Wednesday, October 18

Student leaders’ Fund the UC campaign aims to prevent tuition hike


Emma Zawacki, a third-year anthropology student, Bailey Rechler, a first-year political science student and Annie Guilyard, a third-year political science student, handed out flyers about the Fund the UC campaign, which aims to reform state law in an attempt to provide more funding for the UC. (Amy Dixon/Daily Bruin)

Emma Zawacki, a third-year anthropology student, Bailey Rechler, a first-year political science student and Annie Guilyard, a third-year political science student, handed out flyers about the Fund the UC campaign, which aims to reform state law in an attempt to provide more funding for the UC. (Amy Dixon/Daily Bruin)


Many students aren’t aware of a campaign that aims to increase funding for the University of California system, said some UC student leaders.

Student volunteers for the UC Student Association’s Fund the UC campaign have increased their lobbying activities after the UC Regents increased tuition and fees by 2.7 percent, or $282, at a board meeting in January in San Francisco.

Fund the UC seeks to reform California’s Proposition 13 to obtain new funding sources for the UC and avert tuition hikes. The campaign organizes events and sponsors lobbying efforts at UC campuses.

“Students are aware of how they’re being affected,” said Ralph Washington Jr., president of the UCSA. “Tuition hikes produce consequences that they have to deal with.”

However, Annie Guilyard, a third-year political science student and a student advocate for the campaign, said she doesn’t think the campaign is doing enough to educate students about the tuition hikes.

“One out of four students knows what our campaign is,” she said. “It’s not really their first priority to look into the issue.”

Rafi Sands, UCLA undergraduate student government external vice president, said he thinks most students do not fully understand the politics behind tuition increases.

For example, he said many students posted frustrated social media posts directed at Chancellor Gene Block when they learned about the tuition increase.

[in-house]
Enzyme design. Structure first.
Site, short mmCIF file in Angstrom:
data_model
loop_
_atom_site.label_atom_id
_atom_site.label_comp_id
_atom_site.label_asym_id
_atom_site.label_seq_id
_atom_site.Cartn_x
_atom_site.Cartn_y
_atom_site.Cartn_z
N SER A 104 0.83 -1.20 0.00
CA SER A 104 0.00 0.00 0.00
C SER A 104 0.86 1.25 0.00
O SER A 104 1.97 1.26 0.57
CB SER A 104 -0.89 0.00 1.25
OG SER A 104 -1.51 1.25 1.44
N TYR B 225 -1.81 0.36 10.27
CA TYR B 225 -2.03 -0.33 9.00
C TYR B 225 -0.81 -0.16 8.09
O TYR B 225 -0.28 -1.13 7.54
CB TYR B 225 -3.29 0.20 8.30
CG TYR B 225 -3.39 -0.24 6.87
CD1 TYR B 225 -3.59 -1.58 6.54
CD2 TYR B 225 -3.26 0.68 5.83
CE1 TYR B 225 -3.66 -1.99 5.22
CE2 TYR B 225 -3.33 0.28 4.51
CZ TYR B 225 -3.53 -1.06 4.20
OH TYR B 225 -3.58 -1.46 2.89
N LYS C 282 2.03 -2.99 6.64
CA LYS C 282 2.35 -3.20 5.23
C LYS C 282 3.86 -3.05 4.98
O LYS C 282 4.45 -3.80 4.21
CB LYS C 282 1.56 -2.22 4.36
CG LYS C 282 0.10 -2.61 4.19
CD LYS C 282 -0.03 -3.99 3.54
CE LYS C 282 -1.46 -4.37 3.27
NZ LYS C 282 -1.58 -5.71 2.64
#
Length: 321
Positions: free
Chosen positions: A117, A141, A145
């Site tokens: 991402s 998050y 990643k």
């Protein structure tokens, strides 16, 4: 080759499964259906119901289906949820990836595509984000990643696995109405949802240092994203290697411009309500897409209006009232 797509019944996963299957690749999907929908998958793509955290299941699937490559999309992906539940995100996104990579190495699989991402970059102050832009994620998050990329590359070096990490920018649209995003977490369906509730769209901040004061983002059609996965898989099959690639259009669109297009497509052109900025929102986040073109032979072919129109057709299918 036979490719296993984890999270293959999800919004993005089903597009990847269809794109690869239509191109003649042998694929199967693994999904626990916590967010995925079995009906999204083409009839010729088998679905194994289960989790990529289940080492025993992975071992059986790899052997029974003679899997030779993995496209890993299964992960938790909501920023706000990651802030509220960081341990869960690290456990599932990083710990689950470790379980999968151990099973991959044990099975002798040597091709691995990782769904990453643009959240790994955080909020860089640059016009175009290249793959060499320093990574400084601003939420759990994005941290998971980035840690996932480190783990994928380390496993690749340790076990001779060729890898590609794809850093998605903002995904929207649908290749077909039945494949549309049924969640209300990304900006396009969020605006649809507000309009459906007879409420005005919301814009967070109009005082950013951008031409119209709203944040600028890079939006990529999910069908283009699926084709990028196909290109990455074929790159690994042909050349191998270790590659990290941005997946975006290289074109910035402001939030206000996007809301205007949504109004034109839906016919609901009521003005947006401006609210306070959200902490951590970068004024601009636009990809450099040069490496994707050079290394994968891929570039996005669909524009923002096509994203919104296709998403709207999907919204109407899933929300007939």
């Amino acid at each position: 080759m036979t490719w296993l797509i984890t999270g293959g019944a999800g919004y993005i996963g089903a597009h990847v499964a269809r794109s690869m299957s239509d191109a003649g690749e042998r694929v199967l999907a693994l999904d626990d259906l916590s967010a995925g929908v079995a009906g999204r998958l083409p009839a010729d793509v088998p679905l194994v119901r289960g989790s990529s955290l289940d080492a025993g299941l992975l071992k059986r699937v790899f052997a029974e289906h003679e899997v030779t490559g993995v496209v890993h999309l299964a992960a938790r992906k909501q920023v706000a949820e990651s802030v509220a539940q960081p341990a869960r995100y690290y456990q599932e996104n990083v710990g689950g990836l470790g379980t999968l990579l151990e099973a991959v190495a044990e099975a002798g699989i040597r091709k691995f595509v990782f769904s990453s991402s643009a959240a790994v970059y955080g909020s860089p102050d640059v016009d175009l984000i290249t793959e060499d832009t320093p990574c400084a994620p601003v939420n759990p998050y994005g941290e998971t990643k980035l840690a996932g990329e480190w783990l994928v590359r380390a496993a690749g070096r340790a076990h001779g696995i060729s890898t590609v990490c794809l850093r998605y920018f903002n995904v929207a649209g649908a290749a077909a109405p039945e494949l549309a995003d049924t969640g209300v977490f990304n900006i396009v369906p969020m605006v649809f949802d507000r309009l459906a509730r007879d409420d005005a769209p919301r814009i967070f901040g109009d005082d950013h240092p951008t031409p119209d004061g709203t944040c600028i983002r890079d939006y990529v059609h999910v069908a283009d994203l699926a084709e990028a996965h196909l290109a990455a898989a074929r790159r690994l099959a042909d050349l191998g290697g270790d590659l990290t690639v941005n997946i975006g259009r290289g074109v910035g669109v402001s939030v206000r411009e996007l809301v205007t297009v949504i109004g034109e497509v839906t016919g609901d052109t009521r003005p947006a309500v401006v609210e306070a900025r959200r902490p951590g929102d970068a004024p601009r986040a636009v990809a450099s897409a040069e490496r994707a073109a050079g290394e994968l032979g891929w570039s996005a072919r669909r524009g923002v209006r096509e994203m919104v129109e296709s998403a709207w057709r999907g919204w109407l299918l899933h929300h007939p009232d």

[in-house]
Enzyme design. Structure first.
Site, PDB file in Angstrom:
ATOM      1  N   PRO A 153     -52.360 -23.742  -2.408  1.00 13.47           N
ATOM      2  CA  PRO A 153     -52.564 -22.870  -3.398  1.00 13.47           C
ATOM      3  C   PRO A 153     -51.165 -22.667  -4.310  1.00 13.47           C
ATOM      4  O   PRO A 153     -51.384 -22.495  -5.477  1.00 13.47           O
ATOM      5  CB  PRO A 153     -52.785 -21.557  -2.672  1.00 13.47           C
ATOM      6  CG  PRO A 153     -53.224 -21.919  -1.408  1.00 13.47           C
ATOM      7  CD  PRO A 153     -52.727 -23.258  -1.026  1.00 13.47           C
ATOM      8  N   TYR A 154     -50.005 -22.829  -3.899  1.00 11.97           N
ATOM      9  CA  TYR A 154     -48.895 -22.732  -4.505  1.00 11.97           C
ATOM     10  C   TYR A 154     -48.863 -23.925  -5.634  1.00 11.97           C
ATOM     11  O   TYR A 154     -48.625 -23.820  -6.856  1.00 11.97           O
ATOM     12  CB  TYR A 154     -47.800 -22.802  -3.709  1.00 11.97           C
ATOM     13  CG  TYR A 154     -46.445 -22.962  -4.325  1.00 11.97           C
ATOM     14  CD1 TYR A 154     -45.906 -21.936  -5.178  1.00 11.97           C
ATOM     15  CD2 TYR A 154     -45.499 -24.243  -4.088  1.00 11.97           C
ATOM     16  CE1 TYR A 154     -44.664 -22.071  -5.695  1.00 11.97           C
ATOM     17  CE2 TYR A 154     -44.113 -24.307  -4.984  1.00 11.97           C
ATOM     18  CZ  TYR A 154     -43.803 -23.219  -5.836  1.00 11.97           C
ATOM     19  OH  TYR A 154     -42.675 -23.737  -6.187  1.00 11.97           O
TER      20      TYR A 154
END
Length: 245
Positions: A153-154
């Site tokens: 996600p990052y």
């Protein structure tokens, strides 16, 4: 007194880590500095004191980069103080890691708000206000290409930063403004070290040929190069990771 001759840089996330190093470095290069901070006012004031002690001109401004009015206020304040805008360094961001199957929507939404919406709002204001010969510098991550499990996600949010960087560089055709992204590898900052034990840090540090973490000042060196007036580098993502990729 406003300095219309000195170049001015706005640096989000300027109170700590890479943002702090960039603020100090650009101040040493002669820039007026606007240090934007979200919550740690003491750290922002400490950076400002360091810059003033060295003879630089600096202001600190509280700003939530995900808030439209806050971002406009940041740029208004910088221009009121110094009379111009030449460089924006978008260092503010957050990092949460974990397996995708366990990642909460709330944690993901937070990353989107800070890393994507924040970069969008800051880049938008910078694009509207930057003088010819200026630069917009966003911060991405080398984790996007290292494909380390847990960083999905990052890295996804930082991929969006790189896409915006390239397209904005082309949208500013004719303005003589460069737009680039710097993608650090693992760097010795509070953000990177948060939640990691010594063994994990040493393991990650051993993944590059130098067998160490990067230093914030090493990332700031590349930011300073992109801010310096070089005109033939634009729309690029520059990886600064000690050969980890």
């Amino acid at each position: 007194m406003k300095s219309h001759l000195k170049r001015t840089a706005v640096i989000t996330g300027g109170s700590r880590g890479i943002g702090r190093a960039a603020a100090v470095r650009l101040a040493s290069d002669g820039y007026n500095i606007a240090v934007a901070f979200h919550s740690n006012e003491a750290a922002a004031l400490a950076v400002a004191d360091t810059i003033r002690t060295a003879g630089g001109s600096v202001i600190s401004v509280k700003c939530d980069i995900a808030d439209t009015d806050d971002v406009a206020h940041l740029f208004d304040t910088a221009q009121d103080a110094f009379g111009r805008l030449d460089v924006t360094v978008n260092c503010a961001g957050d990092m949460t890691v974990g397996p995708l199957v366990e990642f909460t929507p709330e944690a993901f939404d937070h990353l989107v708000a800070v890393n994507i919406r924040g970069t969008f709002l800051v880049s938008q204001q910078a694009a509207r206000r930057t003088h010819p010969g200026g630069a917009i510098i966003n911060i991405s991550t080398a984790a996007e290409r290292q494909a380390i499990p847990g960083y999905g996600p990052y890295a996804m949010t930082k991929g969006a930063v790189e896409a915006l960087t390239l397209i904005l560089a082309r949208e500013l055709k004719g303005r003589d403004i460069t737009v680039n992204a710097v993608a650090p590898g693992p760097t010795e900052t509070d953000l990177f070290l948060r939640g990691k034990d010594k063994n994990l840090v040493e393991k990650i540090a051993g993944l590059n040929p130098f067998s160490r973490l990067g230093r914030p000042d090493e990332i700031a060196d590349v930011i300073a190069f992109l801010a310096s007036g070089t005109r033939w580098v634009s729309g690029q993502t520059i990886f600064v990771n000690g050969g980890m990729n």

“The chancellor has no power at all over tuition,” Sands said.

Emma Zawacki, a third-year anthropology student and one of the EVP staff members working on the campaign, said she thinks students have a general understanding of UC politics, but said they lack specific knowledge.

“I like to believe that students know that there is a Board of Regents,” she said. “(But) many students didn’t realize the Board of Regents meeting (that raised tuition) was happening.”

She added she thinks students may have a hard time understanding the Fund the UC campaign unless they spend time learning about it.

Many students said they had not heard of the campaign. However, they expressed support for the campaign once they learned more about its goals.

Alex Guardia, a second-year undeclared social sciences student who had not heard about the campaign, said she thinks preventing tuition increases is important.

“If the tuition goes up, a lot of people would reconsider coming here,” she said.

Frank Lopez, a third-year international development studies and political science student, said he did know about the Fund the UC campaign. He said he supports it because he thinks the UC should get more money to hire more faculty.

“We need more money to pay for more professors,” he said. “Classes and waitlists are packed, and students are sitting on the floor for lectures because they’re on the waitlist trying to get in.”

Washington said the UCSA has been encouraging protests and other direct political action to promote awareness of the campaign on UC campuses.

“Political rallies on campus can convince fellow students to support the campaign,” he said.

The external vice president’s office has also been handing out flyers on Bruin Walk to inform students about the campaign.

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  • ErikKengaard

    The essence of the introduction of tuition at UC is that the nation, and California in particular, became overpopulated, and the increase did not reflect the economic substance and integrity of the population of the first hundred years of the Land Grant Universities.
    Thanks largely to government promoted (for votes, cheap labor) immigration of poor whose taxes don’t cover their costs, State funds were diverted to increased funding of K12, to prisons, and to welfare. See CPEC and Christina Kersey’s thesis for data. http://www.csus.edu/PPA/thesis-Project/bank/2012/Kersey.pdf